More than 18-percent of children under the age of 18 suffer from an anxiety disorder and many may not know how to deal with the feelings they’re experiencing, according to the ADAA.
At 19 years old, Willow Smith has taken exploring anxious feelings to a new level with a new art event called The Anxiety for The Geffen Contemporary at MOCA. The daughter of Will Smith and Jada Pinkett Smith has suffered with anxiety since she was a child. She found meditation, nature, and reading Buddhist texts to be helpful in managing her anxiety, the LA Times reports.
“Every moment is precious. And I think everyone has a fear of just not knowing what’s going to happen in the future, not knowing if you’re on the right path, not knowing if you’re making the right choices,” she told the Los Angeles Times when speaking with the paper about the project.
Willow Smith Uses Art to Imitate Life, Specifically Anxiety
For the project, she is locking herself in a box for 24 hours, along with her best friend Tyler Coal. The duo will be exploring eight stages of anxiety: paranoia, rage, sadness, numbness, euphoria, strong interest, compassion and acceptance. Each of the stages will last for three hours and Willow and Tyler do not plan to speak to each other during that time.
Visitors can view Willow and Tyler through a glass wall for 15 minutes each. The other three walls of the box will be made of out canvas and give Willow and Tyler a platform to write affirmations and their feelings.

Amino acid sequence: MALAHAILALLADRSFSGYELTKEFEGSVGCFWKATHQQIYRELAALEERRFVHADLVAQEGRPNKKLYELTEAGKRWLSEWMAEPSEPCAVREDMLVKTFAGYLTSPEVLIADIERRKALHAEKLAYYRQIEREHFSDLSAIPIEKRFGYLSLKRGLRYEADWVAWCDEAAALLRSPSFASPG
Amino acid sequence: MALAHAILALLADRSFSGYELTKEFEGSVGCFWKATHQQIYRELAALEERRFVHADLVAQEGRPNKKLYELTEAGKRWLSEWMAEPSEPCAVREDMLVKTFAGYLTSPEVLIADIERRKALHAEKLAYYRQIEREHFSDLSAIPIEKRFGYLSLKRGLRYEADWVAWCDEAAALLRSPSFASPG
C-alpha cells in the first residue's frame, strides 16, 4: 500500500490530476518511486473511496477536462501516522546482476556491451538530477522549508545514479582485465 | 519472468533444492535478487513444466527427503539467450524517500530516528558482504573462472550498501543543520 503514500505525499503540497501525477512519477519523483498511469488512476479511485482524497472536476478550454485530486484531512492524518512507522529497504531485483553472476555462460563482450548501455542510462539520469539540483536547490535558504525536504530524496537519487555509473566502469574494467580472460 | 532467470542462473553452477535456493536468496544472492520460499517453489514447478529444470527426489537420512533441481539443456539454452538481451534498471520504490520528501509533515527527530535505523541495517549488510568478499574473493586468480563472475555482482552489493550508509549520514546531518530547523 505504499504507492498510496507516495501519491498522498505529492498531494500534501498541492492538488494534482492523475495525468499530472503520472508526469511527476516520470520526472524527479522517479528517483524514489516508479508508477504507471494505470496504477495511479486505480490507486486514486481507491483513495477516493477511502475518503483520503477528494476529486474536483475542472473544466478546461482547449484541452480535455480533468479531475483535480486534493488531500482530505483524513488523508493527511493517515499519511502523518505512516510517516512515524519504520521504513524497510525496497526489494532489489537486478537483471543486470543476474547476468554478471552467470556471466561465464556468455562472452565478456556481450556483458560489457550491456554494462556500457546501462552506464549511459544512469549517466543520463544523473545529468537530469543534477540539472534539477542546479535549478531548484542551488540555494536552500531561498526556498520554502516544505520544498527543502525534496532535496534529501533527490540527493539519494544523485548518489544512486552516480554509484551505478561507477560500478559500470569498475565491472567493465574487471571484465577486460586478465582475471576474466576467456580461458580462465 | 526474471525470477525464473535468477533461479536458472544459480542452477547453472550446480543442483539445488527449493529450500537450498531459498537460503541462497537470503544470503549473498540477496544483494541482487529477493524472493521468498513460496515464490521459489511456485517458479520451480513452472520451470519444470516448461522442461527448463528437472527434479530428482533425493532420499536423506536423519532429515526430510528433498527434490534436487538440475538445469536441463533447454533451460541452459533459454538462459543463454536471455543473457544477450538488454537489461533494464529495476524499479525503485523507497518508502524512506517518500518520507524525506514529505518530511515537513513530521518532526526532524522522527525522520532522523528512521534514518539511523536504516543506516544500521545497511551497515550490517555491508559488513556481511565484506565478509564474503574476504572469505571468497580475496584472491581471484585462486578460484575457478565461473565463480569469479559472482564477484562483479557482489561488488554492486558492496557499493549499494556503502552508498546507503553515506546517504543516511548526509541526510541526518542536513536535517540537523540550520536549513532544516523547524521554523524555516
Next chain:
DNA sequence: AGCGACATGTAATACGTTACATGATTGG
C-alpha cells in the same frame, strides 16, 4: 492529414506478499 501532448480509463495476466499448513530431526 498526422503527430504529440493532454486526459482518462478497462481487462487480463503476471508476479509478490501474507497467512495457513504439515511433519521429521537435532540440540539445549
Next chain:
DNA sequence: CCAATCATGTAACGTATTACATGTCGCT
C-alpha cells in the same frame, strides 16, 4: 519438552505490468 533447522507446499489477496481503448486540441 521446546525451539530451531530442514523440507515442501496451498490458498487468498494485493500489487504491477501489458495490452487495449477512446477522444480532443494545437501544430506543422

“We understand this is a very sensitive subject,” she told the paper. “And we don’t want to be like, ‘Our experience is the experience.’ This is just us expressing our personal experience with this.”
After the performance piece concludes, Willow and Tyler will release their album, “The Anxiety.”
When I’m not hanging out with my three-year-old and husband in Brooklyn, I’m busy writing stories for Mamas Uncut and managing PR + Marketing for Magnolia Bakery, based in New York City. On weekends, you can usually find me at a local park or playground pushing my daughter on the swings, “researching” the best almond croissants in Park Slope or launching into impromptu family dance parties at home, the sidewalk or, every once in awhile, a restaurant bathroom. I’m still trying to master the whole parenting thing, but I have learned that copious amounts of coffee, humor and humility are involved on a daily basis.
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